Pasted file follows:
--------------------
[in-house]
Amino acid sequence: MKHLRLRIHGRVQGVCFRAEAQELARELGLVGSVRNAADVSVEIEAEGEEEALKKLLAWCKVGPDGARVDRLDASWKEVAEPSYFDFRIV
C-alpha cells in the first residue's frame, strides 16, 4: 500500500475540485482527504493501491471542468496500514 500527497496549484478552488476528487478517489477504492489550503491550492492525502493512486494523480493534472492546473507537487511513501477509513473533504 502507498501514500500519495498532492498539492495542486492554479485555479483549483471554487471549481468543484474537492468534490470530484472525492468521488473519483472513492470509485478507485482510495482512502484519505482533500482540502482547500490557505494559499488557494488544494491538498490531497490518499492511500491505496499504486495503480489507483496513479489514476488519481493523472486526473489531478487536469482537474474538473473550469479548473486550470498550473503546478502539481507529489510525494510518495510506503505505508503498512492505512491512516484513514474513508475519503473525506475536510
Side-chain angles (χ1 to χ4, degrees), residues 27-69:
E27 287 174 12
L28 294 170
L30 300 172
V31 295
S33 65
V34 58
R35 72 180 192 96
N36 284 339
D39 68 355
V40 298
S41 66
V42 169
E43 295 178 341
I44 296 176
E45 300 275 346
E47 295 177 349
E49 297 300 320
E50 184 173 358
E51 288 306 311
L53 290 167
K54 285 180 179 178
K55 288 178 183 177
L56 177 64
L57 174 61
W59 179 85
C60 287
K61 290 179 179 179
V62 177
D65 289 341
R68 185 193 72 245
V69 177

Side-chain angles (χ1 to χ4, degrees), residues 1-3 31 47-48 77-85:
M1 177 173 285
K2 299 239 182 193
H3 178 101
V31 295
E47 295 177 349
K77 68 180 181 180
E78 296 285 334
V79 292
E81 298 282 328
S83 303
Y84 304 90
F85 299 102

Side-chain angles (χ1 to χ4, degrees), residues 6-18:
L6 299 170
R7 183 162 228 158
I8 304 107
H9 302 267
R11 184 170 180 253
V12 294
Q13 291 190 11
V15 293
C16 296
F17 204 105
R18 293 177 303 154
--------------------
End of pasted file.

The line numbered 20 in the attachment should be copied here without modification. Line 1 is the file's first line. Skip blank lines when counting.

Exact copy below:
E47 295 177 349